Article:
Eleanor Maccoby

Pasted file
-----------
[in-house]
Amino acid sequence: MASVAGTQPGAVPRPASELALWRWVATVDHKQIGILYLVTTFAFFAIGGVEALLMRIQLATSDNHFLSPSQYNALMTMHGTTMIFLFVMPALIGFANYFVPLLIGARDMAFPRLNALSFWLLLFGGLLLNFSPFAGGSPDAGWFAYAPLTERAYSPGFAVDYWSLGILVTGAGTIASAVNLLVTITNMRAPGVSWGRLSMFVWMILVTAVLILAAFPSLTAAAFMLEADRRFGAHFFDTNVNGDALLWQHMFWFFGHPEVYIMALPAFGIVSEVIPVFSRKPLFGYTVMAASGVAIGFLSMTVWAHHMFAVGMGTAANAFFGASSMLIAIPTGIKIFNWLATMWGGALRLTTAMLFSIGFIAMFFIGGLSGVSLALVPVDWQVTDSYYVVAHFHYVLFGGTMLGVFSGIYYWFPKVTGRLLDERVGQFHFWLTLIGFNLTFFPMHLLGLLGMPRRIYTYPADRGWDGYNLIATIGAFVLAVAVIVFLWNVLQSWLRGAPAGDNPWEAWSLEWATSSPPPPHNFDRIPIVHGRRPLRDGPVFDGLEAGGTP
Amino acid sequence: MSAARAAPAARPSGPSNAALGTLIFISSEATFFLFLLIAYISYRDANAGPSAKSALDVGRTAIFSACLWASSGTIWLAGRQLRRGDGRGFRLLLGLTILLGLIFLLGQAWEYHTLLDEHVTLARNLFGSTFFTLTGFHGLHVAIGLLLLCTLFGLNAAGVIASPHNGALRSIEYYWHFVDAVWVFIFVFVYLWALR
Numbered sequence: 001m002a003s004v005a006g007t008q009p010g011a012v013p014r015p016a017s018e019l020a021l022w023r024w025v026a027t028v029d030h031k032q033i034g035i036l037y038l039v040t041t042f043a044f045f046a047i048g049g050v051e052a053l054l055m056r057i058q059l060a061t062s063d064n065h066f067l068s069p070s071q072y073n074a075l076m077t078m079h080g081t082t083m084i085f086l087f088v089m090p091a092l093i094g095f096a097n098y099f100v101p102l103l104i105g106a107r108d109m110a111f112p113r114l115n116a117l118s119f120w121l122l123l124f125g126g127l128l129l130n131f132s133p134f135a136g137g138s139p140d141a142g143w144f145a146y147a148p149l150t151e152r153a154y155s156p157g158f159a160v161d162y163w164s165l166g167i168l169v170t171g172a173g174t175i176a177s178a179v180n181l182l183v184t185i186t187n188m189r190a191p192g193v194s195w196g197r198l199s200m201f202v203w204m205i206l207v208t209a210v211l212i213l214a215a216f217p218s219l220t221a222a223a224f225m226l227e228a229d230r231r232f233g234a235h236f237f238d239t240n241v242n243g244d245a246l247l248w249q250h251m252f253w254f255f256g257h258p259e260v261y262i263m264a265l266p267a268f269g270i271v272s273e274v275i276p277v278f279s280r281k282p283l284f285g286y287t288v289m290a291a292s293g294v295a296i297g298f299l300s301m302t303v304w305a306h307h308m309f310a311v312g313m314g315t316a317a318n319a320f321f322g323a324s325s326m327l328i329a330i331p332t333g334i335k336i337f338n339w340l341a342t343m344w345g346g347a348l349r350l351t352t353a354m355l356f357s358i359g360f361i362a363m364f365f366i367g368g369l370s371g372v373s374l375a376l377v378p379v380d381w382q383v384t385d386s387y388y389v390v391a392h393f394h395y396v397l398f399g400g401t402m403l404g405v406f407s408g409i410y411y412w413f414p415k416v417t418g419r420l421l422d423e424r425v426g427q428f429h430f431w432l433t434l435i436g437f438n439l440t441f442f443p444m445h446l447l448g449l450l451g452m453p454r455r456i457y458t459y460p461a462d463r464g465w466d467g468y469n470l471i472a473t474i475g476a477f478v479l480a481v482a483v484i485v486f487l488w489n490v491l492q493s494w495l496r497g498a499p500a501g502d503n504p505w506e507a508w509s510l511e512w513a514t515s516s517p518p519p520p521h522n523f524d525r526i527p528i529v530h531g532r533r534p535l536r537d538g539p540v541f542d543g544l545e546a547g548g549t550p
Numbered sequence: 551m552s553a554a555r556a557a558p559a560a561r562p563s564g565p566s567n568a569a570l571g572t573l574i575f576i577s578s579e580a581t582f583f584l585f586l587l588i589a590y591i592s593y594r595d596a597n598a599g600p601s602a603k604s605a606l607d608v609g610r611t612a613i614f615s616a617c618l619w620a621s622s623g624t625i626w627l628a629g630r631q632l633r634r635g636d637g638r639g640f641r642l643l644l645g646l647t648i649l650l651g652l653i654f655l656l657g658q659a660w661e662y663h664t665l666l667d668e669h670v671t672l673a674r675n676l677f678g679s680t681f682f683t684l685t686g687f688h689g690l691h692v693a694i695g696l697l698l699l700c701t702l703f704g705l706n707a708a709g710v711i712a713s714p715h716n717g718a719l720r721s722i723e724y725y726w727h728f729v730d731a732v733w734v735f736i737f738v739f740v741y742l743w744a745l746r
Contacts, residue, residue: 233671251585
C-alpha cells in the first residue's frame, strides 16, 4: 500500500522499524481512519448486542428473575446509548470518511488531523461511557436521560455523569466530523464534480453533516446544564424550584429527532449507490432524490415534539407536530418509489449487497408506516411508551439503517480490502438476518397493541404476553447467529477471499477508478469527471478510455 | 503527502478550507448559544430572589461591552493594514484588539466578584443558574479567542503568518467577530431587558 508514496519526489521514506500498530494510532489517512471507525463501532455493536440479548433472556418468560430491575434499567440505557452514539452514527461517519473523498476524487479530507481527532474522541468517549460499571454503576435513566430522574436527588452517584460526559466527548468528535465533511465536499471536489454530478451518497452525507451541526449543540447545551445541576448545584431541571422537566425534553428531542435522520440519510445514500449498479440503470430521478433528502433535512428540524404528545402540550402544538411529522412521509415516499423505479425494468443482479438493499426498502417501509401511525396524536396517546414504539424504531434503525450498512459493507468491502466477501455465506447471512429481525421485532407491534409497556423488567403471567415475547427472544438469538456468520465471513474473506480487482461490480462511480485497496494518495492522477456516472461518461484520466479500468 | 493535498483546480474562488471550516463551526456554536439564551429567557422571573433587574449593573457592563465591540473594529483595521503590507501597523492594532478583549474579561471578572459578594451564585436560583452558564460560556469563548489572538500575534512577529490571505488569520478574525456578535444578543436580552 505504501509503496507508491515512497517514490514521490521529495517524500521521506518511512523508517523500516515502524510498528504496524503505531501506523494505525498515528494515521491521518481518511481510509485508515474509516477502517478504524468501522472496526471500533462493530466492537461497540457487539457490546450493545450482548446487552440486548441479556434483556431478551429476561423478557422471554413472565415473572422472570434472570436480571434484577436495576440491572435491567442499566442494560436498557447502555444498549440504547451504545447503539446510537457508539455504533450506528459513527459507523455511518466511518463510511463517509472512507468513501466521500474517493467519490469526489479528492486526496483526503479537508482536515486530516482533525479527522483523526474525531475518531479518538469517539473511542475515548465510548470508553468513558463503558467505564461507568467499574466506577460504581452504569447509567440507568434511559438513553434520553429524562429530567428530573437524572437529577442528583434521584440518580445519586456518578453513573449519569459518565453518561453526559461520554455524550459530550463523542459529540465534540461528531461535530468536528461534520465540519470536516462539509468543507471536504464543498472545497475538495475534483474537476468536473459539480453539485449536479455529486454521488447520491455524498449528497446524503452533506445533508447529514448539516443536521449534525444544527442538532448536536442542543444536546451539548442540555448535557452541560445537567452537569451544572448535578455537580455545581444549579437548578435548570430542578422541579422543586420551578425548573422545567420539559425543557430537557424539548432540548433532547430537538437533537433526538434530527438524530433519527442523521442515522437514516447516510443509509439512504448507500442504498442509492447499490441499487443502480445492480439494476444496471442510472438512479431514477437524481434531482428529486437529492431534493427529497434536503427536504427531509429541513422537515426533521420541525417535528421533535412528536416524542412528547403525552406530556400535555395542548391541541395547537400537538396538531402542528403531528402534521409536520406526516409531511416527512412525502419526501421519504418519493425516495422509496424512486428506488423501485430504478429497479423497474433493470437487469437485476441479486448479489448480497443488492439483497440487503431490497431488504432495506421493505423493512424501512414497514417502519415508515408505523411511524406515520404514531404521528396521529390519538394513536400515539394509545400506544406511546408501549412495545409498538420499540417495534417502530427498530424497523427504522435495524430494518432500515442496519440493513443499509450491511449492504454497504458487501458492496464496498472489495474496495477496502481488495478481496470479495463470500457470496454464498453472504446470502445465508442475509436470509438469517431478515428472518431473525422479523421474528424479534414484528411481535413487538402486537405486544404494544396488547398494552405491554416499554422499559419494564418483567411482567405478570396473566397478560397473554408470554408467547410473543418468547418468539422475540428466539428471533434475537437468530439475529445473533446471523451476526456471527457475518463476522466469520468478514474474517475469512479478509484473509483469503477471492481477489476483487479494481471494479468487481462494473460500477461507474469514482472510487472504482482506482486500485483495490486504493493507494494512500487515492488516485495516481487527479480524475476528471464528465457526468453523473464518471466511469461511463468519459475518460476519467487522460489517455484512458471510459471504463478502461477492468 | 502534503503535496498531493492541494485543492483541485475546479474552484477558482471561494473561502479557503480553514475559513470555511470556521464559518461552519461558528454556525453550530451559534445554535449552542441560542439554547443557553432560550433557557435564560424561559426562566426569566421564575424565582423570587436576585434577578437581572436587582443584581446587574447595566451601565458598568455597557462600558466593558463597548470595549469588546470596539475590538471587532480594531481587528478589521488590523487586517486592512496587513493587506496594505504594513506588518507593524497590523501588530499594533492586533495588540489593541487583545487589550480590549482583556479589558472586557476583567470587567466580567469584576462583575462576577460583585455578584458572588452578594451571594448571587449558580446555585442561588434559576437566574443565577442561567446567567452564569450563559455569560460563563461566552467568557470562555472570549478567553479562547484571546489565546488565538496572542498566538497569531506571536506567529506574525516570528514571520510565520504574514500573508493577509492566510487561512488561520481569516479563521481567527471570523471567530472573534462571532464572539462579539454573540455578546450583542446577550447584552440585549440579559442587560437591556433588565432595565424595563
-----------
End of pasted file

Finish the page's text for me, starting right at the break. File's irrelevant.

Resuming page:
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Eleanor Maccoby is a renowned psychologist, with publications dating from 1957 to today. She specializes on the socialization of children, developmental change in personality and behavior, relationships of couples after divorce, and parent-child interactions. In this review I focus on her work examining the socialization of children, and parent-child interactions. I link her work between the socialization of children, from their interactions with their parents and with other children, to the interactions of adults. There is a clear parallel between the sex-typed skills learned in child-interactions and those conveyed in adult interactions. Parent–Child Interactions Maccoby looks at the development of gender through interaction: “social behavior is never a function of the individual alone. It is the function of the interaction between two or more persons” (Maccoby 1990). Maccoby’s earlier work dealt with parental effects on children’s gender identity, focusing on the sex stereotypes that parents instill in their children through interaction. Rothbart and Maccoby (1966) studied parents’ reactions to specific child behaviors, especially those regarded as sex-typed, like dependency and aggression, in hopes of understanding what accounts for sex differences in behavior. Social-learning theory addresses the finding, that girls display more dependent behaviors than boys, and boys display more aggressive behaviors than girls. And that dependent behaviors are less rewarded for males, just as aggressive behaviors are less rewarded for females (Rothbart and Maccoby 1966). Using social-learning theory, and assuming that the family constitutes the “culture” into which a young child is exposed, Rothbart and Maccoby (1966) predicted that both parents would reinforce dependency more strongly in girls, and aggression more strongly in boys. Rothbart Maccoby (1966) tested their prediction by placing parents in a hypothetical situation with a child, asking them to record their reactions and responses to statements made by the child, such as: “Daddy (or Mommy), come look at my puzzle…Daddy, help me…Baby, you can’t play with me. You’re too little…Leave my puzzle alone or I’ll hit you in the head!” (Maccoby and Rothbart 1966). The “child” in this situation was a recording of a 4 year old’s voice. Parents were told eith... ... middle of paper ... ... Maccoby (2002) argues that since the same patterns that exist in children’s mixed and same-sex interactions are prevalent in adult interactions, it is not sufficient to only look at the interaction styles of adults, but that researchers must start with examining those of young children. This review traces those steeps that Maccoby has taken in her research. She began her research with parent-child interactions, studying the affect parents have on the sex-typing behavior of their children, in hopes of establishing where children learn about gender identity. Maccoby then took that information and combined it with research on children’s interactions in play groups, which led her to believe that parental sex-typing is inconsequential in children’s decisions to play in sex-segregated groups. Maccoby (1987) argues that it is the combination of dominance and control with gender labeling that drives children to interact in same-sex groups. Maccoby then ascertains the importance of the interaction skills learned in these same-sex-segregated groups in affecting adult behavior, and illustrates the many parallels that exist between the interactions of the two different age groups.
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